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Eas Mòr: Chasing Waterfalls in Scotland

Monday, 10 September 2018 11:02

A few months back we treated ourselves, after years of camping and caravanning, to a motorhome. Affectionately known as The Big Van (as opposed to René, who is The Wee Van) our 1992 Fiat Ducato Knaus motorhome is as old as my son, but is a big comfy and reliable bus for our adventures. For this, our first proper break this year, we chose to go Chasing Waterfalls - against all the advice! 

The waterfalls at Home Farm, Glendaruel, ArgyllThe waterfalls at Home Farm, Glendaruel, Argyll

Our adventure started on the Cowal Peninsula, after an unplanned ferry trip from Gourock to Dunoon. We’d planned to visit a fall on the Dunoon side of the peninsula, but were camping on the Otter’s Ferry side, at Glendaruel. 

Quite unexpectedly we came across our first waterfall of the trip whilst walking the dog. On the old road behind the campside is the Home Farm estate and part of that includes a woodland walk including a series of waterfalls. It was raining on and off that evening, so it was lovely to discover something beautiful tucked away in the hills!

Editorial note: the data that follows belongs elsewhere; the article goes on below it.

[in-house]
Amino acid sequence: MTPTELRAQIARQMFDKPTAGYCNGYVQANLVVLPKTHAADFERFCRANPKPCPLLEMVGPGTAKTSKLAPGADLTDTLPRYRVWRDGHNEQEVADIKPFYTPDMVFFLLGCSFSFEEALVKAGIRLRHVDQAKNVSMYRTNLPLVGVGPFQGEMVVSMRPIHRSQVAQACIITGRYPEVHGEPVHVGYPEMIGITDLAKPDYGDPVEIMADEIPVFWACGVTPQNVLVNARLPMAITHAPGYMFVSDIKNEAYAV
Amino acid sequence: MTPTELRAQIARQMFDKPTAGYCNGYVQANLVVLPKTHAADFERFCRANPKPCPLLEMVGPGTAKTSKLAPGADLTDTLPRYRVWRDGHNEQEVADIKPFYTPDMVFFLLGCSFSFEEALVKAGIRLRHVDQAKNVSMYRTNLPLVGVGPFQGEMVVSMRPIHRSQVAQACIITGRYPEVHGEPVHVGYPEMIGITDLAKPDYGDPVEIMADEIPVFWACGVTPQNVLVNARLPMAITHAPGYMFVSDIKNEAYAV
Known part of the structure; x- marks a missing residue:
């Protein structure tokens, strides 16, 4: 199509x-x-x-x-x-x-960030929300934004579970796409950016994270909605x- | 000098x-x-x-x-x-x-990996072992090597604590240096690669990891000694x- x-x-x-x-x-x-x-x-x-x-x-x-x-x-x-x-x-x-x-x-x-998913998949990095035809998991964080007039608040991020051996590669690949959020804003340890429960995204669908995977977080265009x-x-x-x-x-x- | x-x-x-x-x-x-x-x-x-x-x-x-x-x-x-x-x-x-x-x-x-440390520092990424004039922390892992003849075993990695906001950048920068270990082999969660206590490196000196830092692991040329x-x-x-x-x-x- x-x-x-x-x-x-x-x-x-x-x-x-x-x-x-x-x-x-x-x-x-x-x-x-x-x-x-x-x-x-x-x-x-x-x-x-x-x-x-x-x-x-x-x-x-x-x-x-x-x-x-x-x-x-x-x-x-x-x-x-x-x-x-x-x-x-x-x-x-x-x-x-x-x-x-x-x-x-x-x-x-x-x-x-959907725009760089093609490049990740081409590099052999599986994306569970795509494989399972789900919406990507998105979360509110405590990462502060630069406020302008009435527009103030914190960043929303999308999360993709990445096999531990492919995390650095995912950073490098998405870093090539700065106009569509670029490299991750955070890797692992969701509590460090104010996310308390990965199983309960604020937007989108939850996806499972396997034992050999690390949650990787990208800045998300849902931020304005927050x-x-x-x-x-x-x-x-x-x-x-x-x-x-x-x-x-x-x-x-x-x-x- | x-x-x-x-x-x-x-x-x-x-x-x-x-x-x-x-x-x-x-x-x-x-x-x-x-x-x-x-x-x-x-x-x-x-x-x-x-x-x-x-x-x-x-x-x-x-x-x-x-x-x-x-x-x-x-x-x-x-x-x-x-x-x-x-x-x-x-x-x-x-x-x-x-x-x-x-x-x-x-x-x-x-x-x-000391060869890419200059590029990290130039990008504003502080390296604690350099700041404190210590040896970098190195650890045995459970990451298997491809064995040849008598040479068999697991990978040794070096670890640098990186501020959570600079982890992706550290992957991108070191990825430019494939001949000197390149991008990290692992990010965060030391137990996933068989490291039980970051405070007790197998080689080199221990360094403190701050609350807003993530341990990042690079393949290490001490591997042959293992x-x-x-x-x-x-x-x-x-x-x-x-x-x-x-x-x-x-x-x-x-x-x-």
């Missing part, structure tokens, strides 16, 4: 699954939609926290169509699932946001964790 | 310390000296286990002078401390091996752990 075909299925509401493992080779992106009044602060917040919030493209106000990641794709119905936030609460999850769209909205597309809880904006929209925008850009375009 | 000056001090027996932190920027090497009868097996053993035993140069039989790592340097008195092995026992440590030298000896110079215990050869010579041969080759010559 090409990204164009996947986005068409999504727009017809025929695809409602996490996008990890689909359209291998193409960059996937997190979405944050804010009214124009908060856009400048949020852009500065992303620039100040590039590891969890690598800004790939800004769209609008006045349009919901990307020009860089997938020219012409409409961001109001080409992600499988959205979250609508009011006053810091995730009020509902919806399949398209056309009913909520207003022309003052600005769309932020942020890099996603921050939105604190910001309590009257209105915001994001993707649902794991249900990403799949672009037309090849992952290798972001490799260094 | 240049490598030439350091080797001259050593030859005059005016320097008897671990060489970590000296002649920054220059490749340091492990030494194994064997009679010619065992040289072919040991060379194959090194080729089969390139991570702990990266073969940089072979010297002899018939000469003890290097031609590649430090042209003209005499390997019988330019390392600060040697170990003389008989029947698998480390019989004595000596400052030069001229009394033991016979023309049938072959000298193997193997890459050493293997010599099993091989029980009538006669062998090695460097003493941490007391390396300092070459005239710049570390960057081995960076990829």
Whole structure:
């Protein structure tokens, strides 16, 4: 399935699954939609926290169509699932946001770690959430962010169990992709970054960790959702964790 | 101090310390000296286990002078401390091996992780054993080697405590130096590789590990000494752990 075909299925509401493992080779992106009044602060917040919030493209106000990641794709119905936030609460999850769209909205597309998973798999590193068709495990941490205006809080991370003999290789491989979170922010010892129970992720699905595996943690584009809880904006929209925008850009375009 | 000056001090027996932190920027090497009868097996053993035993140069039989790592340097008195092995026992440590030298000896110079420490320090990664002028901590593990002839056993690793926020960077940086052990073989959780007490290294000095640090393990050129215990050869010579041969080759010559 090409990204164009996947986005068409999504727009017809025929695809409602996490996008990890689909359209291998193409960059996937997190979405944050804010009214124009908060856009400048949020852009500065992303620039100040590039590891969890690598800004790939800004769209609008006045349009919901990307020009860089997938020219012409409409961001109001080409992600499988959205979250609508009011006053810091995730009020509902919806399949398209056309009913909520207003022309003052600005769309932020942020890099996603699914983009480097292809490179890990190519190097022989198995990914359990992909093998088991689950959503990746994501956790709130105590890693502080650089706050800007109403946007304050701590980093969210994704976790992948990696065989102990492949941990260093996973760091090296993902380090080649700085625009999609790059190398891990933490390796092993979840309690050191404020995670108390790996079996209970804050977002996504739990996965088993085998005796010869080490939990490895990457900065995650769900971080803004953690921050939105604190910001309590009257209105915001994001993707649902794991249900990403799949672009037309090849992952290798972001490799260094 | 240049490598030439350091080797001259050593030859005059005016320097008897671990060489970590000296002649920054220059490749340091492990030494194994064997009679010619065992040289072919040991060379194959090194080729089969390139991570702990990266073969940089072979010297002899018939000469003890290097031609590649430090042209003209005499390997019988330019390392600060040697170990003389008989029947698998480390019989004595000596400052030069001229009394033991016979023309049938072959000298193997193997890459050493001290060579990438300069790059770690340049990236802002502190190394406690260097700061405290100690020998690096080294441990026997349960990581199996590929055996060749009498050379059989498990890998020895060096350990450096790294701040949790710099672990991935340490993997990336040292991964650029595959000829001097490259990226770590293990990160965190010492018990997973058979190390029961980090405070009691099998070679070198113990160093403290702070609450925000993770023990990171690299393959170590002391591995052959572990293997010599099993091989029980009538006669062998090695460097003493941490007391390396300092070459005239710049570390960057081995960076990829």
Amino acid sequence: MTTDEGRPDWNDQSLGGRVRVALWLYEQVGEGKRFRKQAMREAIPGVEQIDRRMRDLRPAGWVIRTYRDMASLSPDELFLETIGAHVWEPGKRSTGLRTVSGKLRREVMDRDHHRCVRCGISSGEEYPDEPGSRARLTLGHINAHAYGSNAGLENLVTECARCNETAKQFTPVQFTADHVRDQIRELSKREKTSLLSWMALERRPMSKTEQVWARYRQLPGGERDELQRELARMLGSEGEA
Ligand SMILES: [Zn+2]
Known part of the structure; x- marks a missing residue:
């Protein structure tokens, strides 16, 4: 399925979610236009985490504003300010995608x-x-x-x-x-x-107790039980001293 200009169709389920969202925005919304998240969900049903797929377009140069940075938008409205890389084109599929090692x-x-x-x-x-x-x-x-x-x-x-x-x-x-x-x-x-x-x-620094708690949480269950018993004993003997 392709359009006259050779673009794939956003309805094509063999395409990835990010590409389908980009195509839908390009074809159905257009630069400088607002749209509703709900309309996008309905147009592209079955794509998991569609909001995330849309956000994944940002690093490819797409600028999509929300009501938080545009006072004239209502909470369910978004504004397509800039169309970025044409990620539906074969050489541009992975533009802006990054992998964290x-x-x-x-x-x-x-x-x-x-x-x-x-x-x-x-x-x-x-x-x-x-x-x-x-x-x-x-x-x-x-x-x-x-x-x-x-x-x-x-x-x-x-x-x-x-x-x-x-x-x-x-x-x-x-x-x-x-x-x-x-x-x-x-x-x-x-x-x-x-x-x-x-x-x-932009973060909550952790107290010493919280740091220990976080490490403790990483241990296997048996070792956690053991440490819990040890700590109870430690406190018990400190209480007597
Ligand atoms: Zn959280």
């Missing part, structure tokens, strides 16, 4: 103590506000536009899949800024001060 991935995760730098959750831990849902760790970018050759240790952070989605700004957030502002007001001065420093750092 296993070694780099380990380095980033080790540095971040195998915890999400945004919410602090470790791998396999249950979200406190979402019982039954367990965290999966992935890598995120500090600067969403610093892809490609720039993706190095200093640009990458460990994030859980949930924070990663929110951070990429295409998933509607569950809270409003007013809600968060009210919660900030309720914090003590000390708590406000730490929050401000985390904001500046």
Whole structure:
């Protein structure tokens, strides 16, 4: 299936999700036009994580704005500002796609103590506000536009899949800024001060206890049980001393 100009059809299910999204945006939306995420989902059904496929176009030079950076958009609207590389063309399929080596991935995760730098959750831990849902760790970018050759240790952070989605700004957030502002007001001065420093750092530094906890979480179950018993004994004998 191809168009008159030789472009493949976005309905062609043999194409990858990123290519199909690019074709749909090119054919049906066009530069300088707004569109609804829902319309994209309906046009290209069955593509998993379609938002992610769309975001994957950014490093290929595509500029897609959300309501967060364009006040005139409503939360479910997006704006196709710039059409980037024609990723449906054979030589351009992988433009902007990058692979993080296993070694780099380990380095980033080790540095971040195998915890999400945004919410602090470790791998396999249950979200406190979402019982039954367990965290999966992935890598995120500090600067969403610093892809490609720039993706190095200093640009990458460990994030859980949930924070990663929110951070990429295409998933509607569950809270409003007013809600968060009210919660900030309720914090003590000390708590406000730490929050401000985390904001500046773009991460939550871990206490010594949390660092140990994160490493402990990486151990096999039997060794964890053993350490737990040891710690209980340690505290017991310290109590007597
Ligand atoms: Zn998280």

The falls were an easy walk and not far from the road.

The following morning, a beautiful late summer’s day - warm and bright with sunshine - we travelled back across to the Dunoon side of the peninsula. There we visited Puck’s Glen, a Victorian made walk alongside the stream Eas Mòr. At times the walk was reasonably strenuous, but the views were etherial. I was in my element, surrounded by trees and following the tumbling waters. 

Puck’s Glen, Argyll, ScotlandPuck’s Glen, Argyll, Scotland

From Argyll we worked our way up to Oban. We camped near to the beach and I was intrigued by a species of seaweed and collected some that had broken free of its roots. Although I hadn’t taken very much in the way of art materials, I was able to experiment with the seaweed, using it like a parchment paper.

We had planned to see the Falls of Lora at Connel Bridge, but the right tides weren’t expected until the end of out week. We saw whirlpools as we crossed the bridge, but little else and didn’t stop. Instead we made our way up to Ullapool in the Highlands. Not having planned this particular stopover we contented ourselves with a tour of the harbour (Grant) and one of the art galleries (Julie).